Among the emails waiting for me when I returned from vacation was a special letter from Bishop Devadhar, sent to the people of the New England Conference this past Monday. Off cycle from his typical monthly missives, the letter made clear that recent events in Haiti and Afghanistan are weighing heavily upon him, and how could they not? As people who follow the one who heralded good news for the poor, release of captives, and liberty for the oppressed, we rightfully grieve when suffering and fear gain the upper hand, and we shudder to think of the lives lost or forever altered by these events.
Last week’s note from the UCC Conference minister, Lynn Bujnak, centered on the climate crisis, including the irreparable damage already done. While acknowledging that COVID and the ongoing quest for racial justice might feel like enough for many faithful Christ followers, she reminded about the pressing need to tend to environmental stewardship as much and as soon as possible.
To state the obvious, these and many other challenges are not going away anytime soon. We are already weary in our grief, and yet the journey ahead seems so long. Attempts to find the silver lining, or to overcome and move on, feel misplaced amidst the scale of what we’re facing. So how do we find the strength and the courage to engage the pain of our broken world without falling into despair?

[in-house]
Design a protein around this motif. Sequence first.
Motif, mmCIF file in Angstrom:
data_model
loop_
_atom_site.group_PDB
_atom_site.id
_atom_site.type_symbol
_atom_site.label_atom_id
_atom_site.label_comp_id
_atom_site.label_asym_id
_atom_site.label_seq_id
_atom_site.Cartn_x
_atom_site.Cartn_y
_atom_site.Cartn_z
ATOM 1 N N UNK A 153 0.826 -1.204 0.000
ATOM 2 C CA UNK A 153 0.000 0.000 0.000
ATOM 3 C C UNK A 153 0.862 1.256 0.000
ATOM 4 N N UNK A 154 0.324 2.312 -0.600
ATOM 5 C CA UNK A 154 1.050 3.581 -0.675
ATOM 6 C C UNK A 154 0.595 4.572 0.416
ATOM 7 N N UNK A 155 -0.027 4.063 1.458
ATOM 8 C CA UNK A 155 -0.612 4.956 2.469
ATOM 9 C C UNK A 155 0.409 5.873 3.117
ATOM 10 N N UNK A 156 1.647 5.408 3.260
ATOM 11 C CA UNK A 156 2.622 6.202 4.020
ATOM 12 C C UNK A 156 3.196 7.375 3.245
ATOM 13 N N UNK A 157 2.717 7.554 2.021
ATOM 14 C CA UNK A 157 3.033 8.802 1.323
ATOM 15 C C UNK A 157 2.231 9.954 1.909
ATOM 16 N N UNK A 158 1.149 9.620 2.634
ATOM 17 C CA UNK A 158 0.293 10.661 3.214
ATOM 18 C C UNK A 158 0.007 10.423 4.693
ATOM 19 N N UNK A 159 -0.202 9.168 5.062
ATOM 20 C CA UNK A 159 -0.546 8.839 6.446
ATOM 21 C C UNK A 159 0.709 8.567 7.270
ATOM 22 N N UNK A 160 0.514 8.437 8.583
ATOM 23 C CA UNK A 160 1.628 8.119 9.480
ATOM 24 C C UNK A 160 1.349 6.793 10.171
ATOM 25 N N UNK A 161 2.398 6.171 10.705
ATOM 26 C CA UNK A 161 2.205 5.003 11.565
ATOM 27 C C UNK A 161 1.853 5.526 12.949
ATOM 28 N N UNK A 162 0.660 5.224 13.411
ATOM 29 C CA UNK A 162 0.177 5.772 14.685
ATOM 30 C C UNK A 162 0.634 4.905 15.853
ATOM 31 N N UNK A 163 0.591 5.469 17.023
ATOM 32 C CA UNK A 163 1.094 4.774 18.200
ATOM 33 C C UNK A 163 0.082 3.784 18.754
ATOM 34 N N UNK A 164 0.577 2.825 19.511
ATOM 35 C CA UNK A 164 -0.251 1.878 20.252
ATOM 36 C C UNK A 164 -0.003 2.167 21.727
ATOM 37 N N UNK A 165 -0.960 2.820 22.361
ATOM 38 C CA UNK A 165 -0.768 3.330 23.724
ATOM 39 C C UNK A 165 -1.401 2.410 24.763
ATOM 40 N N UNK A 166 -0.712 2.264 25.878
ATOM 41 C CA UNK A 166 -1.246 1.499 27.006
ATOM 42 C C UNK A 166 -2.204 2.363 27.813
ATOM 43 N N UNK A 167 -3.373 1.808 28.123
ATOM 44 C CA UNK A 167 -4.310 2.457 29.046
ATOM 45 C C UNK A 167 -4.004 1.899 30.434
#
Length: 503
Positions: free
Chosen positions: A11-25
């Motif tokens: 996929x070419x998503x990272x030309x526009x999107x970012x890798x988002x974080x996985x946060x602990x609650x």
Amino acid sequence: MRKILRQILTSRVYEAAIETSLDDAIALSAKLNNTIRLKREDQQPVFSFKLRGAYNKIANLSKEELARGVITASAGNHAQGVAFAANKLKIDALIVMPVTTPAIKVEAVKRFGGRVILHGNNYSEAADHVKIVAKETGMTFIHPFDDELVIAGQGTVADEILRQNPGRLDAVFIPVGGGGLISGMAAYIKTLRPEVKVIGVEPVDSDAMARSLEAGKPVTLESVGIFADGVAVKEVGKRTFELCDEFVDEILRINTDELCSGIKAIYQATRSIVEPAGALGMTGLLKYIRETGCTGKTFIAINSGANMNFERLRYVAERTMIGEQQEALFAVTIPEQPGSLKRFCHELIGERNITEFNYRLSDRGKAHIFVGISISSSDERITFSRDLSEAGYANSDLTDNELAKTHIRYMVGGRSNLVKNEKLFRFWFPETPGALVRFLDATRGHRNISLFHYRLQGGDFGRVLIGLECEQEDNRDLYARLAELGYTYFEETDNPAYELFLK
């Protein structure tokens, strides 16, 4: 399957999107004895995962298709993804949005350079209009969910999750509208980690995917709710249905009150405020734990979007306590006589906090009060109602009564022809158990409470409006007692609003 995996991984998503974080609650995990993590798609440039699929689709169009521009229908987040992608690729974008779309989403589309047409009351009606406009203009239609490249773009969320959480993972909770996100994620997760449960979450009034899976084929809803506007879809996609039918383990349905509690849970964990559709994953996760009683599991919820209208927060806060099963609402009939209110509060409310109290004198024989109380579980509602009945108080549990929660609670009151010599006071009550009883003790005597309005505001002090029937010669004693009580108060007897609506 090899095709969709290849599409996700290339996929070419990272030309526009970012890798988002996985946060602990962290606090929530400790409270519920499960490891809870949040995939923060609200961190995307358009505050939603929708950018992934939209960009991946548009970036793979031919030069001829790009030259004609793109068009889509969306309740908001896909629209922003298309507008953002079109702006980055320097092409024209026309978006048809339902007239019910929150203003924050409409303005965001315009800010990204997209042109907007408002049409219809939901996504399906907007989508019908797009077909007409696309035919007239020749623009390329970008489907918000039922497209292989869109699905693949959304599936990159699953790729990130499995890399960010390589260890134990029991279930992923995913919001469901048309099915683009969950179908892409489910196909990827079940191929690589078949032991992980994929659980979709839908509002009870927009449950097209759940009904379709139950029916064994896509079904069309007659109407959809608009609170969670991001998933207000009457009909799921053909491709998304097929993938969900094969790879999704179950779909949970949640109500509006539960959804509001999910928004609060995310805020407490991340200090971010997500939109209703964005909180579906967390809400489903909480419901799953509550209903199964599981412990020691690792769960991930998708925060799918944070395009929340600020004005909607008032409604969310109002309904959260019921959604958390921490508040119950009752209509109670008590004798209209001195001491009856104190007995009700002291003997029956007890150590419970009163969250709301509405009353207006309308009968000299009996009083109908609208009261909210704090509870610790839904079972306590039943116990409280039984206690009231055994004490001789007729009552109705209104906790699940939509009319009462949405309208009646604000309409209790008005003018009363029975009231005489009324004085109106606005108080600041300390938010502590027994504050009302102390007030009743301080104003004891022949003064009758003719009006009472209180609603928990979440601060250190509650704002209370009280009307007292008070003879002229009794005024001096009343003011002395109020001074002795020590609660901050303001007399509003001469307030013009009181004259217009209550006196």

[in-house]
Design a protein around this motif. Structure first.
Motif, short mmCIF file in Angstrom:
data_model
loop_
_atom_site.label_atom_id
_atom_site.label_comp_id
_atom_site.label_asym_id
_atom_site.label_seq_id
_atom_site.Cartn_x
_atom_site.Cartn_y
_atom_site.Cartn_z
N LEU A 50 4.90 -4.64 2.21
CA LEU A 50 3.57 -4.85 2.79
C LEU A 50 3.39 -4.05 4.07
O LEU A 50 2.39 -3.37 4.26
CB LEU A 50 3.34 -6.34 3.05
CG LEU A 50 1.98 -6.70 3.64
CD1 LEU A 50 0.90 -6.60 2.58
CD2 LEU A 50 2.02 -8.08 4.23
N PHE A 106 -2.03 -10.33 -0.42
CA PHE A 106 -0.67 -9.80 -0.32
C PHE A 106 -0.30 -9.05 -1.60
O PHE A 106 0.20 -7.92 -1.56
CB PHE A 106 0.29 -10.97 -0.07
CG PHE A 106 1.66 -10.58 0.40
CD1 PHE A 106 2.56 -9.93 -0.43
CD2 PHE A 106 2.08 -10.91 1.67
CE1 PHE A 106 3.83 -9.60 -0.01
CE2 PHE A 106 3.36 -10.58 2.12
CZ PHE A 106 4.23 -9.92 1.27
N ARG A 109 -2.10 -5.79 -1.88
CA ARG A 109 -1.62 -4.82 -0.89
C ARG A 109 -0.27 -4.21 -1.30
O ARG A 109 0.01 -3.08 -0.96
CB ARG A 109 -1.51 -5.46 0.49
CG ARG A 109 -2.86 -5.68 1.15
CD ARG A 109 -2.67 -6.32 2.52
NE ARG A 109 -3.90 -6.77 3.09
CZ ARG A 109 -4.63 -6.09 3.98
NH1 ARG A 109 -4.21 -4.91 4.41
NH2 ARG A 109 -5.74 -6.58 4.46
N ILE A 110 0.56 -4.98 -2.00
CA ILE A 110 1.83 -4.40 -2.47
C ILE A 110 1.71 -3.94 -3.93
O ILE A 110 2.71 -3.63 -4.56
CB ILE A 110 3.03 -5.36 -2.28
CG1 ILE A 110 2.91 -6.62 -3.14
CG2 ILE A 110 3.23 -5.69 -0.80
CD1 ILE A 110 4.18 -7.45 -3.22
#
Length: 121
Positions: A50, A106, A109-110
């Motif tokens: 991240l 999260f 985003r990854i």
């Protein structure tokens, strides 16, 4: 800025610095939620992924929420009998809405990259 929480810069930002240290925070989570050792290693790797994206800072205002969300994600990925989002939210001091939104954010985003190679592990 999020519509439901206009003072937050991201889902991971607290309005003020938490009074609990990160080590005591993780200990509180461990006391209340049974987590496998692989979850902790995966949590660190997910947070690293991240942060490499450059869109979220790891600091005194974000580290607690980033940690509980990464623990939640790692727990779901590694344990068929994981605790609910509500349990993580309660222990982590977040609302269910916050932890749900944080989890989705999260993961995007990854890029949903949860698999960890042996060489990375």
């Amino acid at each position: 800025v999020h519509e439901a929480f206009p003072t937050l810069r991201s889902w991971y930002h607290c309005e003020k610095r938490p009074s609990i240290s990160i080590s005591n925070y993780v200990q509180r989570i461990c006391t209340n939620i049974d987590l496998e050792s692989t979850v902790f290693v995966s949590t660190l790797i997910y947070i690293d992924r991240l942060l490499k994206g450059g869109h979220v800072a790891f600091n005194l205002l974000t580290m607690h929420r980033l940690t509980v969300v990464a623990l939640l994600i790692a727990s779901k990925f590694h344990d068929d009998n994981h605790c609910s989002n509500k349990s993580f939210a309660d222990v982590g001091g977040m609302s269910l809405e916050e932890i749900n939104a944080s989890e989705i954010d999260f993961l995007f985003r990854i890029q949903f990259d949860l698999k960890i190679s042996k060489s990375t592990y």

When Jesus said, “Come to me, all you who are weary and burdened, and I will give you rest…for my yoke is easy and my burden light,” he was surely not implying that a life following him would be free from suffering. He suffered; his disciples suffered; his family and friends grieved greatly at his loss.
And yet the way Jesus went at the world—with care and compassion for ones who suffered most, with an awareness of political and religious realities that nevertheless did not hem in his ministry, and with deep and prayerful connection to his Source—this allowed him to find a degree of freedom that no one could take away, but that he was able to freely give. “Take my yoke upon you and learn from me,” he says. By the grace of God, we are not beyond the ability to be taught to walk in the way of Jesus.
This Sunday, we will celebrate the sacrament of baptism for one of the littlest among us. It will likely be endearing and sweet as we welcome a new member into God’s very large family. But baptism is no small thing. The vows that parents, sponsors, and our whole congregation will take on Sam’s behalf point to this commitment to walk in the way of Jesus: facing the pain when it comes, rejecting evil when it shows up on our doorstep, reaching out for help when we need it, and proclaiming the freedom we have found when the world seems to be falling apart. At baptism, we are both trusting that God will give us all that we need (grace), and acknowledging that we have a role to play in God’s story. If ever we needed that reminder, surely it is now.
Many thanks to Robin Simard and others who led worship in my absence last week. I look forward to reconnecting with you this Sunday as we share in this special and empowering celebration.
(Scripture references from Matthew 11)